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Anim Health Res Rev. 2001 Jun;2(1):3-17.

Comparative pathology and pathogenesis of naturally acquired and experimentally induced colonic spirochetosis.

Author information

1
Department of Veterinary and Biomedical Sciences, University of Nebraska-Lincoln, 68583-0905, USA. GDUHAMEL1@unl.edu

Abstract

Research in the past decade has led to the recognition of Brachyspira (formerly Serpulina) pilosicoli as the primary etiologic agent of colonic spirochetosis (CS), an emerging cause of colitis in humans and animals. Attachment of spirochetes to the epithelial surface of the lower intestine is considered to be the hallmark of CS. However, because B. pilosicoli, B. aalborgi and unclassified flagellated bacteria are found singly or together in humans and non-human primates with CS lesions, attachment of spiral-shaped bacteria may not represent the same etiopathogenetic entity in all hosts. Moreover, North American opossums with CS are infected with B. aalborgi-like spirochetes together with flagellated bacteria, whereas B. pilosicoli is found alone in dogs, pigs, chickens and other species of birds with CS. Conversely, guinea-pigs with CS have unidentified spirochetes that may be B. pilosicoli or B. aalborgi. The pig model of CS suggests that attachment of B. pilosicoli to epithelial cells may be transient. By contrast, persistence of B. pilosicoli in the cecal and colonic crypt lumina, chronic inflammation caused by spirochetal invasion into the subepithelial lamina propria and translocation to extraintestinal sites may be more important than previously thought. This review describes the lesions seen in naturally occurring and experimentally induced CS of animals, and it sets the stage for future research into the pathogenic mechanisms of infection and colitis caused by B. pilosicoli.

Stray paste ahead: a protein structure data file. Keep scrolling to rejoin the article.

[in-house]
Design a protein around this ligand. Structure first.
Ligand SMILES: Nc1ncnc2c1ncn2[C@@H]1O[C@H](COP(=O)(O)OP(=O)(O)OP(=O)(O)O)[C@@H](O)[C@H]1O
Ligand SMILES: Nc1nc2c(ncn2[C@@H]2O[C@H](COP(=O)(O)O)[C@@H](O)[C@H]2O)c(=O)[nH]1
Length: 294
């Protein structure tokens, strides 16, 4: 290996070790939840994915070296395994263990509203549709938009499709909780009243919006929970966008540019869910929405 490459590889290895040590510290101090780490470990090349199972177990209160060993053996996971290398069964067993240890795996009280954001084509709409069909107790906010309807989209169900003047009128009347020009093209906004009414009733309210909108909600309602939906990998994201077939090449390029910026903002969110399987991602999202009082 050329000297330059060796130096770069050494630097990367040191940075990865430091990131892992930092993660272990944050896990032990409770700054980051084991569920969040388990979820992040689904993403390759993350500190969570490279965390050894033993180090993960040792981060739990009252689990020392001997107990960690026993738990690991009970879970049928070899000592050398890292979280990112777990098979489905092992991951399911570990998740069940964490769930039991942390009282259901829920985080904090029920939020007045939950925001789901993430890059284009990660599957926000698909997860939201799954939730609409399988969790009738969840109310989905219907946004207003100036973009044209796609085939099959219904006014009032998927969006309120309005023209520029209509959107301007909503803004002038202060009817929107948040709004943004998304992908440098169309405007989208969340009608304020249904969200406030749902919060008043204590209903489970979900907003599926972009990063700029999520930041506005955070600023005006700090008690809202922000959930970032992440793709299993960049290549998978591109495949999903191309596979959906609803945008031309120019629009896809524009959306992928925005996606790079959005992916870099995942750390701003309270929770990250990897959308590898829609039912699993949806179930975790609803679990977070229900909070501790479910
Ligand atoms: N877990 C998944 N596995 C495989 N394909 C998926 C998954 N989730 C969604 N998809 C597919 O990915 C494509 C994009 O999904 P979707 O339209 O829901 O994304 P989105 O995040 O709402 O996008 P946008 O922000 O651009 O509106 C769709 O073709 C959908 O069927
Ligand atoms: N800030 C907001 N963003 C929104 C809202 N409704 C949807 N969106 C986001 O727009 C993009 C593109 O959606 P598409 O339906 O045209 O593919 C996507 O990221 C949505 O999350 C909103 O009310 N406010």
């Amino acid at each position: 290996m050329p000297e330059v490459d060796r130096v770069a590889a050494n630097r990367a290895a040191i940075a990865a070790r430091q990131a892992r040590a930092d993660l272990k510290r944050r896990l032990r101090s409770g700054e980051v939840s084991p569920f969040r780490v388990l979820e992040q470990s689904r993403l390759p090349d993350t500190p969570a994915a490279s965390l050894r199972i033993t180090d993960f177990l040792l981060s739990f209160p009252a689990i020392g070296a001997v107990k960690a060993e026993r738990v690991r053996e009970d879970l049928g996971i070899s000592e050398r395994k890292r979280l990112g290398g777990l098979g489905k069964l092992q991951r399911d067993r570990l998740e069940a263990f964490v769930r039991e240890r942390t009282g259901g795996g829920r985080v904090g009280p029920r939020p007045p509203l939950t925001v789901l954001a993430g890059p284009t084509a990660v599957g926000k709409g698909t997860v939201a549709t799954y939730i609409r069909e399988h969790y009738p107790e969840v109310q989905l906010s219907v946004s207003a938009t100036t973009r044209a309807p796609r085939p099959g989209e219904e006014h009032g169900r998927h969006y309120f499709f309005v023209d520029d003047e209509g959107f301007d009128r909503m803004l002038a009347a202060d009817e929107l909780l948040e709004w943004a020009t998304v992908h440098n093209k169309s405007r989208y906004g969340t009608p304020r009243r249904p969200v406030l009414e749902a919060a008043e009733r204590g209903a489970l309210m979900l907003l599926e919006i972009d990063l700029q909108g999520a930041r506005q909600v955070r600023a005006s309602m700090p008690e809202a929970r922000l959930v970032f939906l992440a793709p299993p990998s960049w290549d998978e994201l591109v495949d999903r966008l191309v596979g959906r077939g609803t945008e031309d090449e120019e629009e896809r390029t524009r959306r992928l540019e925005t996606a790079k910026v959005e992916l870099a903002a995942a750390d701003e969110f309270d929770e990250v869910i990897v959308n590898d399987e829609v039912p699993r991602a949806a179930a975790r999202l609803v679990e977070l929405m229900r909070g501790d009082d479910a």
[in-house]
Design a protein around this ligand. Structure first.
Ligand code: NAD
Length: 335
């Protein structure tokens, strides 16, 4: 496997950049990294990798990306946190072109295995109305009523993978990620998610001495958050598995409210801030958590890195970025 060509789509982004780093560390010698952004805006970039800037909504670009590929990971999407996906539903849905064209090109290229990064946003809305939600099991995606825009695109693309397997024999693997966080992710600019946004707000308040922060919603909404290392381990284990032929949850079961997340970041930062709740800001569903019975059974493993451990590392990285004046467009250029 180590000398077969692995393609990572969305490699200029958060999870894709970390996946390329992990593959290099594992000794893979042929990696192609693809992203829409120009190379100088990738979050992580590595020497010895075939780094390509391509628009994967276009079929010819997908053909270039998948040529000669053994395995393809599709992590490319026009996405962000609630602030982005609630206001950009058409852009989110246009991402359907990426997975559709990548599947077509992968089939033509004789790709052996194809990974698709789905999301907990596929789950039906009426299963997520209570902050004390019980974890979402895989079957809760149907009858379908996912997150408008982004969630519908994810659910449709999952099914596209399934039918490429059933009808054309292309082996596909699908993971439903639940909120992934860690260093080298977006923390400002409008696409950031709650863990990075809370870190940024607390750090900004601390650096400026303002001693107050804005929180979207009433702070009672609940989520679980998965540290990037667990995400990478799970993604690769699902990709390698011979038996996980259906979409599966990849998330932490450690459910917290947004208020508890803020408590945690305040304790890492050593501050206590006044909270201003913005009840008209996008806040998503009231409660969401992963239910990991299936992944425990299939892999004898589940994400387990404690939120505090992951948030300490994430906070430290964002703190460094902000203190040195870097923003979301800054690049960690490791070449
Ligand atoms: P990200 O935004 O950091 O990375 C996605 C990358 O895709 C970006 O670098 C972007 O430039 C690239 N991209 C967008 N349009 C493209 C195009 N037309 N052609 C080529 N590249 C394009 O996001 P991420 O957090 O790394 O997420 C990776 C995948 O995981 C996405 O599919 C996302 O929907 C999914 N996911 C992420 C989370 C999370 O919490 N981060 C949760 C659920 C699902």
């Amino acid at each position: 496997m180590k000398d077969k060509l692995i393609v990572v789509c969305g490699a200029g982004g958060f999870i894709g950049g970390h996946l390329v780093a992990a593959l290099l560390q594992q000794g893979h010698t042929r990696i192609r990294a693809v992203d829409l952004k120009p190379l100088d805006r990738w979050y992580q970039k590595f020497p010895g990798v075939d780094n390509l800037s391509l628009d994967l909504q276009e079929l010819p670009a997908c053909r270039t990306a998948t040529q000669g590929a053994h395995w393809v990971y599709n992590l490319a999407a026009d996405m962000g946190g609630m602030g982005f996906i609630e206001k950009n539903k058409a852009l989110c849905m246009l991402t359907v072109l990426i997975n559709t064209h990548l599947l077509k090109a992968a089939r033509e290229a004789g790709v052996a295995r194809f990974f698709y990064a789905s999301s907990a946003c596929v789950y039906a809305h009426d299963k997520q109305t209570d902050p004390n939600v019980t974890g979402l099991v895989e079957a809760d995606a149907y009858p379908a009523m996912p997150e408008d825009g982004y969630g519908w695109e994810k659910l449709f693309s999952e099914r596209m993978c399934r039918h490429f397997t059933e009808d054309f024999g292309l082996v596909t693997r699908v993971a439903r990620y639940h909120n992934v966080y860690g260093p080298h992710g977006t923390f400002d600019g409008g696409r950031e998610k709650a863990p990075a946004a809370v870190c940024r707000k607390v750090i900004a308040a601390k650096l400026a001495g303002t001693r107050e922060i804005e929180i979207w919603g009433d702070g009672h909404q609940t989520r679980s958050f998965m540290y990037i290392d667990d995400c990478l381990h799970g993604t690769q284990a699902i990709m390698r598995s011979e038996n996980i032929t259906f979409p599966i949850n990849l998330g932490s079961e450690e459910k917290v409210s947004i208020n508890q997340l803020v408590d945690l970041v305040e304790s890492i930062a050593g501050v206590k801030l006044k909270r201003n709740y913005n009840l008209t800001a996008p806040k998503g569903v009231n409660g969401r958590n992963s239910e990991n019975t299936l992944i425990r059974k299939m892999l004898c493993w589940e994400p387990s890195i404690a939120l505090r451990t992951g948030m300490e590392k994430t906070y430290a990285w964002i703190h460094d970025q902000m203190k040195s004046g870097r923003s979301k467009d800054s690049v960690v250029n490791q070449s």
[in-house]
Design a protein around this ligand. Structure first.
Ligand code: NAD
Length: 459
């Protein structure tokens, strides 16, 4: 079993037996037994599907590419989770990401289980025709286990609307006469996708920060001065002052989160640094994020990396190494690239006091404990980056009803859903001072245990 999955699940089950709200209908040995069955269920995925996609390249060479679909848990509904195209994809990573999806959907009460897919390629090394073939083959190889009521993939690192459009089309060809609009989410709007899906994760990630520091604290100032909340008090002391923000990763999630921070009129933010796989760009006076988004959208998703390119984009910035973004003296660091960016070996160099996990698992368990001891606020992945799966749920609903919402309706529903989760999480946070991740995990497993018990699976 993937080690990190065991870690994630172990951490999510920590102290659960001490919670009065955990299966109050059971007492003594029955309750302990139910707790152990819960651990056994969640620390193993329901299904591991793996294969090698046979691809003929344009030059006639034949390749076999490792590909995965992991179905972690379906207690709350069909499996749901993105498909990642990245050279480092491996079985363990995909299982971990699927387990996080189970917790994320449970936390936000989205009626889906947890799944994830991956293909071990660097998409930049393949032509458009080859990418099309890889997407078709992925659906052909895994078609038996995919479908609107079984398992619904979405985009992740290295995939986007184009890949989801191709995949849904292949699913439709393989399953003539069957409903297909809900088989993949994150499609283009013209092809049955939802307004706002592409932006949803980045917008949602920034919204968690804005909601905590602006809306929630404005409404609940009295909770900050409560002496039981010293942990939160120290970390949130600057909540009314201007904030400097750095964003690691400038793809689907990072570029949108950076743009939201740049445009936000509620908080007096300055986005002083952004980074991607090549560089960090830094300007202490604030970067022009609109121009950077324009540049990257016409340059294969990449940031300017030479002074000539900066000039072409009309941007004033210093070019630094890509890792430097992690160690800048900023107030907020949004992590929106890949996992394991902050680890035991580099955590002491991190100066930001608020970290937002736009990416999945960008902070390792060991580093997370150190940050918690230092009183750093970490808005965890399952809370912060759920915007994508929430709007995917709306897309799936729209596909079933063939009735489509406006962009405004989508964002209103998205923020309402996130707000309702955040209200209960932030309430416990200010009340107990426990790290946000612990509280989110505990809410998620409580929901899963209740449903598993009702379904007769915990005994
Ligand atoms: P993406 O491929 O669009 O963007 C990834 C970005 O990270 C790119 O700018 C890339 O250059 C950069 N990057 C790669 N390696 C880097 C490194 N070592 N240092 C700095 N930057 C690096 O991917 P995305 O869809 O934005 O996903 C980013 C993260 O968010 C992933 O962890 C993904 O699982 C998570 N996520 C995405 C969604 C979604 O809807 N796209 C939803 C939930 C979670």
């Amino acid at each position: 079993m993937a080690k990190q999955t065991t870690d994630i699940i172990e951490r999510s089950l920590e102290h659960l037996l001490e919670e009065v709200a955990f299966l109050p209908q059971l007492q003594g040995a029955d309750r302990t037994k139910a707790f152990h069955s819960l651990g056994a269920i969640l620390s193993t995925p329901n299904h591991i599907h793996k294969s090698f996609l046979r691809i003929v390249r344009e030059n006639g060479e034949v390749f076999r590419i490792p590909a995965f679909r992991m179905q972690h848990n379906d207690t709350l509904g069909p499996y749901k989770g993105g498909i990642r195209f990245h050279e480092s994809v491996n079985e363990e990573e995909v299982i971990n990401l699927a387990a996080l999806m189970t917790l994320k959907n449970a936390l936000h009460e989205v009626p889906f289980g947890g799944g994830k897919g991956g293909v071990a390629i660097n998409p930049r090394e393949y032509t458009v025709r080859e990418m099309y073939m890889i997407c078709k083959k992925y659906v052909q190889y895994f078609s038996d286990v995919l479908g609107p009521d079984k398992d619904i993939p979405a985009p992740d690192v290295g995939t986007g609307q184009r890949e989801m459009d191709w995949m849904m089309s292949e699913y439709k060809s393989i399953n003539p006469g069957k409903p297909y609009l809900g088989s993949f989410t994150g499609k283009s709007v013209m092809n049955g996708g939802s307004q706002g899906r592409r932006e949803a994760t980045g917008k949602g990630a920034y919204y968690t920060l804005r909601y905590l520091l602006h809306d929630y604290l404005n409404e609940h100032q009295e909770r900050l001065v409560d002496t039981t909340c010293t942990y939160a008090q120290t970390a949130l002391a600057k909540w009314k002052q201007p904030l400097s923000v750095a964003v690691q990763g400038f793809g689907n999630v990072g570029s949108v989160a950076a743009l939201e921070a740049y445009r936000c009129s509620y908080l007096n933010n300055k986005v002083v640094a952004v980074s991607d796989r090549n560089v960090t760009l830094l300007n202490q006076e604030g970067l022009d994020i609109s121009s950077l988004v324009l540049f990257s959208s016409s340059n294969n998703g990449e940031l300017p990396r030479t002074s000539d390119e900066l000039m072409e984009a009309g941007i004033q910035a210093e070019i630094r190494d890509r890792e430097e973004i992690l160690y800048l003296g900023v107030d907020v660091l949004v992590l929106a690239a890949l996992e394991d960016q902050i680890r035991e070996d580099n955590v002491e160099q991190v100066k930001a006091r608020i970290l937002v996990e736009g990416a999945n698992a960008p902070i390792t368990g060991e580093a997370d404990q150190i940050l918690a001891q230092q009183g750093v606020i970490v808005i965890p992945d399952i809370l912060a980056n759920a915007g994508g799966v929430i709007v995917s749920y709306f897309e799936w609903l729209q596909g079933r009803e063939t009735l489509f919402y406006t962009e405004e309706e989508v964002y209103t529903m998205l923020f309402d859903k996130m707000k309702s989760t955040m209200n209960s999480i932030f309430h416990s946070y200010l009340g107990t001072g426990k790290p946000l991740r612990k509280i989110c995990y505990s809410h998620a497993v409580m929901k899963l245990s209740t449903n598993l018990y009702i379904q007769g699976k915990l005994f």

PMID:
11708743
[Indexed for MEDLINE]

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